Study Guide

In Memoriam A.H.H. Canto 15

By Alfred, Lord Tennyson

Canto 15

Lines 321-340

To-night the winds begin to rise
   And roar from yonder dropping day:
   The last red leaf is whirl'd away,
The rooks are blown about the skies;

The forest crack'd, the waters curl'd,
   The cattle huddled on the lea;
   And wildly dash'd on tower and tree
The sunbeam strikes along the world:

And but for fancies, which aver
   That all thy motions gently pass
   Athwart a plane of molten glass,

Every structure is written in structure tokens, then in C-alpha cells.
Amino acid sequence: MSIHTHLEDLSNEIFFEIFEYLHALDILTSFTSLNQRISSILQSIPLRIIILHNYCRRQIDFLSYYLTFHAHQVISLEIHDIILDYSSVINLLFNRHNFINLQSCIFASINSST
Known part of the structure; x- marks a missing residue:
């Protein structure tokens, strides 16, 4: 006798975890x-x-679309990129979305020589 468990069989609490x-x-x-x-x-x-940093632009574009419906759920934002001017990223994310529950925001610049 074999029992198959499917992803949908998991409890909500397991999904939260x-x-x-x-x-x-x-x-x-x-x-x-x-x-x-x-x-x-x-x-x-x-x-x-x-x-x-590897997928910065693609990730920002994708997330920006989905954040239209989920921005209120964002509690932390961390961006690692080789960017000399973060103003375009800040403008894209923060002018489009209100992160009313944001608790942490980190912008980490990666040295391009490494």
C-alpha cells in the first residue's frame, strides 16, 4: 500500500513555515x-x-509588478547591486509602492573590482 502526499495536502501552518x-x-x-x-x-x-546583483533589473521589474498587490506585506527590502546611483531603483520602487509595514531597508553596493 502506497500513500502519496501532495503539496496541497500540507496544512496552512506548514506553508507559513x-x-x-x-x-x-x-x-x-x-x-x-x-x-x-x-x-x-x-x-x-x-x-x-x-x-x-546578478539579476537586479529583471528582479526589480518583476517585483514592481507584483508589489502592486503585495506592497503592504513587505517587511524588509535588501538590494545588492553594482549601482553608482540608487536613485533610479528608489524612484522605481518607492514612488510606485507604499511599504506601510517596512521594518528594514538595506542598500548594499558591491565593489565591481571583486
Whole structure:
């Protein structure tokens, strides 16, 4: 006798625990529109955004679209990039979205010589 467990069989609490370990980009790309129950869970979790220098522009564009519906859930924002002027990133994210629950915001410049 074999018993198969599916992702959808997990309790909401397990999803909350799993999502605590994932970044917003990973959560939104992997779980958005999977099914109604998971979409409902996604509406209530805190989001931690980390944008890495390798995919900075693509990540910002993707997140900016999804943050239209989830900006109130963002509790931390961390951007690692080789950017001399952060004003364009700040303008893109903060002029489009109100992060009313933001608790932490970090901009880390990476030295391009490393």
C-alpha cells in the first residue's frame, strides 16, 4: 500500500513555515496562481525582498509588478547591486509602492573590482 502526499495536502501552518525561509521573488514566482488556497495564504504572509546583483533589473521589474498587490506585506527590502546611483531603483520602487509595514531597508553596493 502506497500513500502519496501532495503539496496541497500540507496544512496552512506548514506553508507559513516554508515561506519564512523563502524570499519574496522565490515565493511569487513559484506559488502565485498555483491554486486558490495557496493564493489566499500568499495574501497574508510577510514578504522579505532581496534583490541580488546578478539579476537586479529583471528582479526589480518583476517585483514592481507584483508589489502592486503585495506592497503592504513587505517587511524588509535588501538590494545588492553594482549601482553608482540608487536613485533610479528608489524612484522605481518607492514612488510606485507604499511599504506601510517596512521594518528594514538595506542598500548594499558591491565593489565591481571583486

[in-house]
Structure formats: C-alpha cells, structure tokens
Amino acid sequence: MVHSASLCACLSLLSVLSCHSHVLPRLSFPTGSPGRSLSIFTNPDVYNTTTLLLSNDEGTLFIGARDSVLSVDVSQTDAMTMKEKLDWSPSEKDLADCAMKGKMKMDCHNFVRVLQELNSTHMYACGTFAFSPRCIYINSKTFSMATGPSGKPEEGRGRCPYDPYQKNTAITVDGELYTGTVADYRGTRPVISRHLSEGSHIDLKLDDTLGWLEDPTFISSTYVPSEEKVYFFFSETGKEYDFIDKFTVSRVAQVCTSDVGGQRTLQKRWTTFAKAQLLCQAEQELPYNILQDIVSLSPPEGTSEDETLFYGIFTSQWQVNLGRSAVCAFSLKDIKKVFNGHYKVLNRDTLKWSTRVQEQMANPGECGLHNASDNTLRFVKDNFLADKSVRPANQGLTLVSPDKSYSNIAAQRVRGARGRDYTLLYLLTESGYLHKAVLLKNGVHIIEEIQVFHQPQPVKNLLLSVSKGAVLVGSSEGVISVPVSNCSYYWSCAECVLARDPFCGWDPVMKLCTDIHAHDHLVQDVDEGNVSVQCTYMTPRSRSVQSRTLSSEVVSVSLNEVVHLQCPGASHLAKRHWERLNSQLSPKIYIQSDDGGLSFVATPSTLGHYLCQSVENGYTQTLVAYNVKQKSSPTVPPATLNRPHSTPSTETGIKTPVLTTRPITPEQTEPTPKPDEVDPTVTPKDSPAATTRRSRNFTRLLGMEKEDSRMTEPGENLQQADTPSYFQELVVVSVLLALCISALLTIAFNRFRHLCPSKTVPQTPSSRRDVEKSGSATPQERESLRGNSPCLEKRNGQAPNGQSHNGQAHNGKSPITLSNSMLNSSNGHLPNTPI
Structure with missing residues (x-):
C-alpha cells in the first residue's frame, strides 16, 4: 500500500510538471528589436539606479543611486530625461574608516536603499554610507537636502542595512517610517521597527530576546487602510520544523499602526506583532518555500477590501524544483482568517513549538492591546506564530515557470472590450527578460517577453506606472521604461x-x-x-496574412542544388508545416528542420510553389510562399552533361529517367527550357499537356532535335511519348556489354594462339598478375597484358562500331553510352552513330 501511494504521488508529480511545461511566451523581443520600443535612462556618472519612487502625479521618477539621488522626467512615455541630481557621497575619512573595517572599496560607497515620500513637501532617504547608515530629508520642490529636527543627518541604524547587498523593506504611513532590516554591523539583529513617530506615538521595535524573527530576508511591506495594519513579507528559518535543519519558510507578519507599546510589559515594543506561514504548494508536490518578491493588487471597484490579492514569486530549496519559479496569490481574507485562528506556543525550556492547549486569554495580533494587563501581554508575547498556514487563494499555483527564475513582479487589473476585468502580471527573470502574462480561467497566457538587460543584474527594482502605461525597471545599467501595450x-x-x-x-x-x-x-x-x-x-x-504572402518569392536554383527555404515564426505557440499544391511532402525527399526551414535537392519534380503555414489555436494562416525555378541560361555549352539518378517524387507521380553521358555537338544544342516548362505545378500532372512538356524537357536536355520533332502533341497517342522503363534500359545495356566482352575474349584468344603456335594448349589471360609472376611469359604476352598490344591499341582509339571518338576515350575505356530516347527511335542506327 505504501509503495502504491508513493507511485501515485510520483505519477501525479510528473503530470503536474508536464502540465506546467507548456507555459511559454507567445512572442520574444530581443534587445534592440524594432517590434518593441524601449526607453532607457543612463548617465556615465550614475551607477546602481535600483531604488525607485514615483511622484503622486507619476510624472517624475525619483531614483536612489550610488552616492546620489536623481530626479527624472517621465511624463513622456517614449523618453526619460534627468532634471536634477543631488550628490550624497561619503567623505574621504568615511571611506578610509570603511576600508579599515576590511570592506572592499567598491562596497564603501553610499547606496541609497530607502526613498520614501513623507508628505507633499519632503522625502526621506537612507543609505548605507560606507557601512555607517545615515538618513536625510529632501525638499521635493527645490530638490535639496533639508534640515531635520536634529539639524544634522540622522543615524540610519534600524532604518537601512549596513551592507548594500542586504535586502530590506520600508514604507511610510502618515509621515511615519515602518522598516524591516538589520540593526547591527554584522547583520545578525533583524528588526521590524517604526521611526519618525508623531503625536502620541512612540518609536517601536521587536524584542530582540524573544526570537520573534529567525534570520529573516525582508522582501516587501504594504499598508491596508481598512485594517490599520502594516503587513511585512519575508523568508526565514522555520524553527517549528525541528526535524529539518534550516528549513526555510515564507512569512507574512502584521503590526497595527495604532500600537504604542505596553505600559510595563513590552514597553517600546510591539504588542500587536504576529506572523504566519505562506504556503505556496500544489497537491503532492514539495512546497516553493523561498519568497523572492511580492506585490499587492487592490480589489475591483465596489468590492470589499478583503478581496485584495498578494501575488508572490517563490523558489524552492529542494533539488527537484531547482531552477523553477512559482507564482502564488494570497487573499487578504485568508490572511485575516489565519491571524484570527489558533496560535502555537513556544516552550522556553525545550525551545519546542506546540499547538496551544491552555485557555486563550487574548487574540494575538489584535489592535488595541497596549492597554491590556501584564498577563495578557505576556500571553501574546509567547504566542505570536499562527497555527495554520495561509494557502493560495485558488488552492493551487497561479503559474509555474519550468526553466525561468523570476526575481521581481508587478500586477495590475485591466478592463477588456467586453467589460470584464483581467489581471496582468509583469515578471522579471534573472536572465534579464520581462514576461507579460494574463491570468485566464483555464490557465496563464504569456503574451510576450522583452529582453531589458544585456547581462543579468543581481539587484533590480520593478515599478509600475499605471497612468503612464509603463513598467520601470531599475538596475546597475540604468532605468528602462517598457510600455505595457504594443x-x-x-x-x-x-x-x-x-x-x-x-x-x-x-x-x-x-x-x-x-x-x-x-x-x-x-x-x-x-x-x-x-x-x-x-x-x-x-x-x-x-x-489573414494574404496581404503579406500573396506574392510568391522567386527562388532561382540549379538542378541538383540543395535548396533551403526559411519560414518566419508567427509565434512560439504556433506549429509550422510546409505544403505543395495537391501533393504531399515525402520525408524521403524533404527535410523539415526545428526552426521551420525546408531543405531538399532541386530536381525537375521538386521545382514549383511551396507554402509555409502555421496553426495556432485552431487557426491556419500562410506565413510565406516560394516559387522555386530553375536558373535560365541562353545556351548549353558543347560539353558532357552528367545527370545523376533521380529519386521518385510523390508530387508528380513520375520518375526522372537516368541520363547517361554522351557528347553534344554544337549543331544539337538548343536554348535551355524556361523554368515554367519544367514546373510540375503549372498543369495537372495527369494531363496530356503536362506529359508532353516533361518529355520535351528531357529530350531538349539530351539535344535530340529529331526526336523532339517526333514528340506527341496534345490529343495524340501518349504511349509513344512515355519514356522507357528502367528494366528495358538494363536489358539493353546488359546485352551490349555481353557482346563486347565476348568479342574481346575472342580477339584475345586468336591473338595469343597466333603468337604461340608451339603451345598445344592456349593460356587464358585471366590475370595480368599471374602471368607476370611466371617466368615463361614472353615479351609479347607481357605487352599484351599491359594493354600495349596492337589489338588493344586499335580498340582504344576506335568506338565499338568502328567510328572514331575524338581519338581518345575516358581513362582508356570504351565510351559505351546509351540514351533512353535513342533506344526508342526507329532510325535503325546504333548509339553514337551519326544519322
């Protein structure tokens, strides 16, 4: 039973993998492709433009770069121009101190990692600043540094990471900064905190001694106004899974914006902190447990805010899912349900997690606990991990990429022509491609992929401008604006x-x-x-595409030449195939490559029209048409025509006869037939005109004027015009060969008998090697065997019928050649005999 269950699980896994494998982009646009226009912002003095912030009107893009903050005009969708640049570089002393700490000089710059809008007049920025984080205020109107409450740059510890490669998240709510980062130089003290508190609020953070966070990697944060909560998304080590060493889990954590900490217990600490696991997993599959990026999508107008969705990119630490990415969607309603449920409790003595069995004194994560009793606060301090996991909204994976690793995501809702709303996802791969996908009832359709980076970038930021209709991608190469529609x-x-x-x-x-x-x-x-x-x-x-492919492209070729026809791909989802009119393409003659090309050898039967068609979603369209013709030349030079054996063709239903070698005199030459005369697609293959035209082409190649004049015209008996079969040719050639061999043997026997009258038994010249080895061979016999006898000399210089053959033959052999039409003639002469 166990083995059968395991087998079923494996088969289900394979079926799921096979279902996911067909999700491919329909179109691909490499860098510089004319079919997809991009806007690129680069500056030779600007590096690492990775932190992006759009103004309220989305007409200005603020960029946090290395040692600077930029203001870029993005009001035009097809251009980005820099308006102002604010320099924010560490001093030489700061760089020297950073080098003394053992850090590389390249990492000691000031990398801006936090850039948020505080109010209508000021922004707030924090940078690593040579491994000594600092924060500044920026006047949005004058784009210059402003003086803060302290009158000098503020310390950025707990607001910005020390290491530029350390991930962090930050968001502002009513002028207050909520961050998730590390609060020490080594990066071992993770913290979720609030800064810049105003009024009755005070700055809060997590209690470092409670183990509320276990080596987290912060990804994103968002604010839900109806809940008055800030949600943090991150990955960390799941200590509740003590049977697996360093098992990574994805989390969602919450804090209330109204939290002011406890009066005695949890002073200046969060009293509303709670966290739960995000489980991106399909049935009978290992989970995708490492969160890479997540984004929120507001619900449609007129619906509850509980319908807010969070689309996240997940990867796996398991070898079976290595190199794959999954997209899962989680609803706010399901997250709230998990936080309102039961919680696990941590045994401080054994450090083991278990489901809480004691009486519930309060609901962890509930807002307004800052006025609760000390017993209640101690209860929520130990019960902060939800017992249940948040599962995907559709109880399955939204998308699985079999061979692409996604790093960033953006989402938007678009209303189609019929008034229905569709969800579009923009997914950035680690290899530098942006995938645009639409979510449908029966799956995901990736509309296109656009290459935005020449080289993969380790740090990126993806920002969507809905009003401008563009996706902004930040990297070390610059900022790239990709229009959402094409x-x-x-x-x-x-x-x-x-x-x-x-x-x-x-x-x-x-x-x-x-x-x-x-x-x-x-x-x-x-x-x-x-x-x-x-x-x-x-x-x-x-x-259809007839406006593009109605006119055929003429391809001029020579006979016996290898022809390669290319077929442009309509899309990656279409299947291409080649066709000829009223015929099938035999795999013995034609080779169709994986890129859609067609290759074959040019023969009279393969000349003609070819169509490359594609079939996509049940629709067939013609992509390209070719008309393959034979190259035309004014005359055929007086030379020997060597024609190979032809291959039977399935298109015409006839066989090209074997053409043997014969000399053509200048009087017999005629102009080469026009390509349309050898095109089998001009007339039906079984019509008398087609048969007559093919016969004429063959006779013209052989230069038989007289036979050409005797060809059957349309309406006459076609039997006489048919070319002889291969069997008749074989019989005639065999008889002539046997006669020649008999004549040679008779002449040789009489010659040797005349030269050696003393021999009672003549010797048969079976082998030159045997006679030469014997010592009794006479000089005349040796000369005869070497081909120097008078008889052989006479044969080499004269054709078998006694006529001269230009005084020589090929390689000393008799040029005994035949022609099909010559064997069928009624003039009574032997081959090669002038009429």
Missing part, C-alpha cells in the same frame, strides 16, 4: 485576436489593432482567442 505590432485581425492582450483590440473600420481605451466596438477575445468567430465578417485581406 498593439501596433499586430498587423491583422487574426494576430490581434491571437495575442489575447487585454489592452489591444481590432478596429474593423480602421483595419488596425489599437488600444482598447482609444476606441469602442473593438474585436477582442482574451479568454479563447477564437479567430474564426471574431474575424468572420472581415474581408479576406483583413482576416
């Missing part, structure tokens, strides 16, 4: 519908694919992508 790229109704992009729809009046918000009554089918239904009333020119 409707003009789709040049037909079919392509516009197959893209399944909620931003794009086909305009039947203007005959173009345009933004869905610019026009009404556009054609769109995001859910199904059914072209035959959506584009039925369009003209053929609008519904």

I scarce could brook the strain and stir

That makes the barren branches loud;
   And but for fear it is not so,
   The wild unrest that lives in woe
Would dote and pore on yonder cloud

That rises upward always higher,
   And onward drags a labouring breast,
   And topples round the dreary west,
A looming bastion fringed with fire.

  • Time's passing, gang. We now appear to be heading into winter. The "last red leaf" (remember Canto 11?) has blown away and the branches are barren of leaves.
  • And that whole "calm despair" thing from back in line 256? That seems to have gone right out the window. The speaker now has a "wild unrest" that is caused by his "woe" (sadness).